BY NICK ROBINSON
DENVER – If you would have asked Amanda Kubec when she was a freshman in college about where her life would head, owning a baseball league would be near the bottom of the list.
“I never in a million years, starting out as an art major (at Metropolitan State), would have guessed I would own a baseball league,” Kubec said. “Taking a sports management class as a hospitality major helped me spark my love and a realization, I could actually make a career of this.”
Baseball wasn’t too big in Kubec’s life growing up, but her grandfather’s passion for the New York Yankees kept the game relevant.
“I played soccer and grew up as a gymnast,” she said. “It wasn’t a huge part of my life. I’m not sure why baseball stuck out to me. My grandpa was a giant New York Yankees fan and I think that played a huge part into it.”
So, how’d the owner of a baseball league find the passion she has now?
“The game grew on me,” Kubec said. “From a sports standpoint, I love the emotion and competition. There is nothing I love more than being at sporting events.
I ended up getting Colorado Rockies season tickets and I fell in love with it. It just happened that it was the sport that just took over. I struggle enjoying in the moment, so baseball is a game that you can sit down and enjoy it.”
After graduating college, she had her eyes locked into an internship with the College World Series in Omaha, Nebraska.
“I went to the College World Series for three or four years in a row (as a fan),” Kubec said. “That experience was great, and they have an internship program I worked very hard for but didn’t get it. So, I saw an email from the ‘Mile High Collegiate Baseball League’ – and I had a bad attitude about it, because I wanted to be in Omaha.”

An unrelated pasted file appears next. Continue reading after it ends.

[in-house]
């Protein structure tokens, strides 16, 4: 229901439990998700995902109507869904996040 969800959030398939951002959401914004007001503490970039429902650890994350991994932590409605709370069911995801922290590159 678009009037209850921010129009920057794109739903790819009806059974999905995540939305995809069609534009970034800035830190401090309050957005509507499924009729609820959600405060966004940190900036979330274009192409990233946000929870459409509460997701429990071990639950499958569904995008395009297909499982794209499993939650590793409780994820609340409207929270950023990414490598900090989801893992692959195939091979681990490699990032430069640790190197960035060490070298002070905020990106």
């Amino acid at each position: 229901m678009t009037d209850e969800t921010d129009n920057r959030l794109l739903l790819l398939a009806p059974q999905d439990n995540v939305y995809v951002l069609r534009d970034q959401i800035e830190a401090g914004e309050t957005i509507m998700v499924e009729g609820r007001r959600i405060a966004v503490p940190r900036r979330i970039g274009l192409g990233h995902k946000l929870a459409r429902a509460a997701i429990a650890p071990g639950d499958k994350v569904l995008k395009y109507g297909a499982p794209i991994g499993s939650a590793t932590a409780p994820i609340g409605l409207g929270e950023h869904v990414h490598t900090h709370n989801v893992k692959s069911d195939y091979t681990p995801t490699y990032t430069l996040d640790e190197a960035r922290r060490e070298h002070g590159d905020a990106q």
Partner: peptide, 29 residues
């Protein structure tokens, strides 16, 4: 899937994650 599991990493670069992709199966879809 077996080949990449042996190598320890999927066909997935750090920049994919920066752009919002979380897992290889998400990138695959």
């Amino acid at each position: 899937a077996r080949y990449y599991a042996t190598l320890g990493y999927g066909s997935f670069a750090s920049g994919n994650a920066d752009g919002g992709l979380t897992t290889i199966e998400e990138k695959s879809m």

Kubec’s attitude switched immediately when she met former league owner Kent Gregory for a dialogue about her role.
“We set up an interview and was connected with Kent (Gregory) for about four hours,” she explained. “And he made sure to find out if I really wanted to do this. That changed my mentality on the whole process.”
Gregory helped her grow throughout her two seasons as an intern, which she said helped groom her as owner.
“There were so many games where he wasn’t on time,” Kubec said. “I had to figure things out on my own and it helped build confidence in me.
In between the second and third season of my involvement, Kent (Gregory) explained how he couldn’t run the league anymore. He trusted me and Jason (Hirsh) with it and we needed to make sure he felt fully safe with it.”
No matter how many hours Kubec spends planning and executing, being completely equipped usually doesn’t happens.
“You’ll never be fully prepared for something and if you’re not making mistakes, you’re not learning,” she said. “I think that’s the biggest thing I’ve taken from being an owner so far.”
The annual All-Star game and trip to Wichita stick out to her as favorite memories with the league.
“The All-Star games are always a big moment for me, because it takes so much planning,” Kubec said. “Seeing it come together is so rewarding. Also, going to Wichita and playing the Colorado Cyclones was awesome. We played the Kansas Stars, which is former MLB players, like Chipper Jones, Roy Halliday. That interaction with the players come together with the players was so meaningful.”
For the future of the MHCBL?
“Every year you have to make progress,” Kubec said. “We need to put ourselves on the map, and Colorado on the map. There’s no reason we can’t be like the Cape Cod League, or the Northwoods League.
I realized my true passion for the league. I don’t think twice about it, when I am dealing with rain-outs, or updates to the website. Knowing I get to be a part of the league, having a say in what goes down, and helping out these teams drives me.”
Follow @milehighcbl and @nrob605 on Twitter.